Research Study: Survey on Disability and Reproductive Health during COVID-19 in Canada
Who is eligible?
You may be eligible if you:
• Identify or may be identified as having a disability
• Identify as a woman, trans, or non-binary person
• Are 18 years or older
• Live and receive health care in Canada
What will you be doing?
• You will be asked to complete a survey about your reproductive health and the health care services you received since the beginning of the COVID-19 pandemic.
• You can do the study, or not do the study. The choice you make will not impact the services you use now or later.
How will it work?
• You will be asked to complete a 20-minute survey.
• The survey can be done by you online, or by telephone or Zoom with a researcher at a time that works for you.
• If you need any supports or accommodations to participate, these will be provided.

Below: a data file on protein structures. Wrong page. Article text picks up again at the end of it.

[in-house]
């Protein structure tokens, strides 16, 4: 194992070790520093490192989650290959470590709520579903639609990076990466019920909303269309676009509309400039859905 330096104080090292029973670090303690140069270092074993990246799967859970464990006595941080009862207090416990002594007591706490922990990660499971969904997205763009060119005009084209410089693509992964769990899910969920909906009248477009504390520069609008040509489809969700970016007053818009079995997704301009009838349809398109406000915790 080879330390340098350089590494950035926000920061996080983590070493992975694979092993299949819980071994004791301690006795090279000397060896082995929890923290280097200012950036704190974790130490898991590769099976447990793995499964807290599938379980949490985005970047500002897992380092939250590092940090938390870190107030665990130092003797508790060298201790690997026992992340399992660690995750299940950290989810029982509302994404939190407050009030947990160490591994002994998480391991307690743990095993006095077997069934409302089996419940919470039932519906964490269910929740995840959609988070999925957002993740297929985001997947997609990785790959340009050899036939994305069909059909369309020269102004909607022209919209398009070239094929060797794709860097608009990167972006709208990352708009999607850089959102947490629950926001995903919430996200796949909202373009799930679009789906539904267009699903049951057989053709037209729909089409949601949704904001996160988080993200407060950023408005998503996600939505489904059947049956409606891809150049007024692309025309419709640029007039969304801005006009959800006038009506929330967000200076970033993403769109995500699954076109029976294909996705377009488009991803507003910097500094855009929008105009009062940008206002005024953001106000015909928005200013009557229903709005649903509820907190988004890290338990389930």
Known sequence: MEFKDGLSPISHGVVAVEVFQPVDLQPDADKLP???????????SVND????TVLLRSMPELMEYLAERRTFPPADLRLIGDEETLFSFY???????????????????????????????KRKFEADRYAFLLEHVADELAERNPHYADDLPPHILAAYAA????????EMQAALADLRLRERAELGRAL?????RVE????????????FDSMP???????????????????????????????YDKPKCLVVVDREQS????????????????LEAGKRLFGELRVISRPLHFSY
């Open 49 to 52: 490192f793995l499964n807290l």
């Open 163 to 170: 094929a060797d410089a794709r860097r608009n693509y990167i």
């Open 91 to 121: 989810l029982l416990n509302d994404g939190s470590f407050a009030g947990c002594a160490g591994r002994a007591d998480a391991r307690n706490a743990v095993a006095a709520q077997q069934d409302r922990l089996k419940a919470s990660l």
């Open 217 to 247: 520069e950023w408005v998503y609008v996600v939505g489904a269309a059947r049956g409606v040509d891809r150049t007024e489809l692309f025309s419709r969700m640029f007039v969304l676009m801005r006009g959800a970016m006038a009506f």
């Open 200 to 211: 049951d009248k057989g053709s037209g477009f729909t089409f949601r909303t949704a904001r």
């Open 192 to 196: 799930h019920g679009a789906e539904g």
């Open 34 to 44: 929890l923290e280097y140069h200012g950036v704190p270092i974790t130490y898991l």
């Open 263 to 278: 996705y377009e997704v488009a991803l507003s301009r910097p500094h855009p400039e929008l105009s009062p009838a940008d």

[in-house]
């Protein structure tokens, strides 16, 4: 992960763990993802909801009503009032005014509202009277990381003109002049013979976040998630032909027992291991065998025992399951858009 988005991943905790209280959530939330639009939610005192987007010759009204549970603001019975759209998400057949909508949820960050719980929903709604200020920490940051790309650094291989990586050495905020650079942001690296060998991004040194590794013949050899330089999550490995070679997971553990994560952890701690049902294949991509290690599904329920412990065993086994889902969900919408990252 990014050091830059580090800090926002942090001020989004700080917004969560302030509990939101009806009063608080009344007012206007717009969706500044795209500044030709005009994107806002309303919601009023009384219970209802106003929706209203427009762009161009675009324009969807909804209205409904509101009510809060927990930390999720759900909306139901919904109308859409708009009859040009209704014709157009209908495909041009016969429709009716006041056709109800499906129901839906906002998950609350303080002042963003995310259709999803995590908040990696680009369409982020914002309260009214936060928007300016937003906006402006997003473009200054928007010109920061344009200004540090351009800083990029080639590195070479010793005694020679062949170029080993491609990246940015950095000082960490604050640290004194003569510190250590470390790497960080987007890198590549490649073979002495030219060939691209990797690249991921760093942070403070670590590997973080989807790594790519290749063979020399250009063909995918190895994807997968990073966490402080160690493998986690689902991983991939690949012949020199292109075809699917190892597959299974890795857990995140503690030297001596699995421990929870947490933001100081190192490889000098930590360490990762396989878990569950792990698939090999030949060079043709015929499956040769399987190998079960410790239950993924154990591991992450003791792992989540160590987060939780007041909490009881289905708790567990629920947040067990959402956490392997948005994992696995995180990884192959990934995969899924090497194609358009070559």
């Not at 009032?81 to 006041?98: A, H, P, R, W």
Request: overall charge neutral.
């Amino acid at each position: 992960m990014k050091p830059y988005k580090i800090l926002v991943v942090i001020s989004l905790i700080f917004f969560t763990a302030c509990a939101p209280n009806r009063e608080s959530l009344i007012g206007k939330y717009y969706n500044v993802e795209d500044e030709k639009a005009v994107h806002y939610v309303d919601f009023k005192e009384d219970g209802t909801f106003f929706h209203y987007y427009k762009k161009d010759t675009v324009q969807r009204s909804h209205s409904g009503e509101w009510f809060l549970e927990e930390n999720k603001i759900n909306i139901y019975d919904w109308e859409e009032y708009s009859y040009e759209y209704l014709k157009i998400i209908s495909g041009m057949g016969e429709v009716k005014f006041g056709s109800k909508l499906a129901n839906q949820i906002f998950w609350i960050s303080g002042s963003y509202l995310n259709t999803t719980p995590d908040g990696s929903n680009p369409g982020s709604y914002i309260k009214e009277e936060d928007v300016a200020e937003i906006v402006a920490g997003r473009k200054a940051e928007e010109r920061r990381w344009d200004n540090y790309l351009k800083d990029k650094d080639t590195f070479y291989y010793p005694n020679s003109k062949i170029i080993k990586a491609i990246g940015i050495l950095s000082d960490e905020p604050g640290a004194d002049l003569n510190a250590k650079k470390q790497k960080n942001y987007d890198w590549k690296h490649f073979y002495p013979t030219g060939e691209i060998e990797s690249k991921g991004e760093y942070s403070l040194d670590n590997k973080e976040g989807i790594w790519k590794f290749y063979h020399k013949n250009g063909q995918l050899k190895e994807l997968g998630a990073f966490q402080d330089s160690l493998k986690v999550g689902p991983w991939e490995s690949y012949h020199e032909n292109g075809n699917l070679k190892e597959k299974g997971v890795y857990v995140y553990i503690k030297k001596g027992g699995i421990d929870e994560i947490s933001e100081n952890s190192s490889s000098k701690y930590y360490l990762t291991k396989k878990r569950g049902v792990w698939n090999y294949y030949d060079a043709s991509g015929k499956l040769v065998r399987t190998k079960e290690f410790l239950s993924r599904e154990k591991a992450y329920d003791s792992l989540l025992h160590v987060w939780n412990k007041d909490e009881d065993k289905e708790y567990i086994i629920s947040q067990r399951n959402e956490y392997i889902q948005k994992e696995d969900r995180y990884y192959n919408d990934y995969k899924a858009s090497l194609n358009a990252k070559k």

What are the benefits of participating?
What you share about your reproductive health experiences during COVID-19 will help make services better for other people during and beyond the pandemic. You will receive a $15 gift card to thank you for your time.
Email email@example.com or call 647-601-4519.
Visit our website for more information: www.utsc.utoronto.ca/projects/disabilitySRH
“Reproductive health” includes experiences related to contraception, abortion, sexually transmitted infections, cervical cancer screening, violence, pregnancy, postpartum health, and the health of your children.
“Disability” comprises a range of disabilities, including those who self-identify as disabled and/or d/Deaf. This definition is inclusive of those who have yet to receive an official diagnosis. We have chosen to be as inclusive as possible, consistent with our commitment to include those with disabilities who remain invisible and uncounted.
This study has been reviewed and approved by the University of Toronto Research Ethics Board #42194.
Researchers at the University of Toronto Scarborough have partnered with the Disabled Women’s Network (DAWN) Canada to design and run this study. This study is funded by Canadian Institutes of Health Research.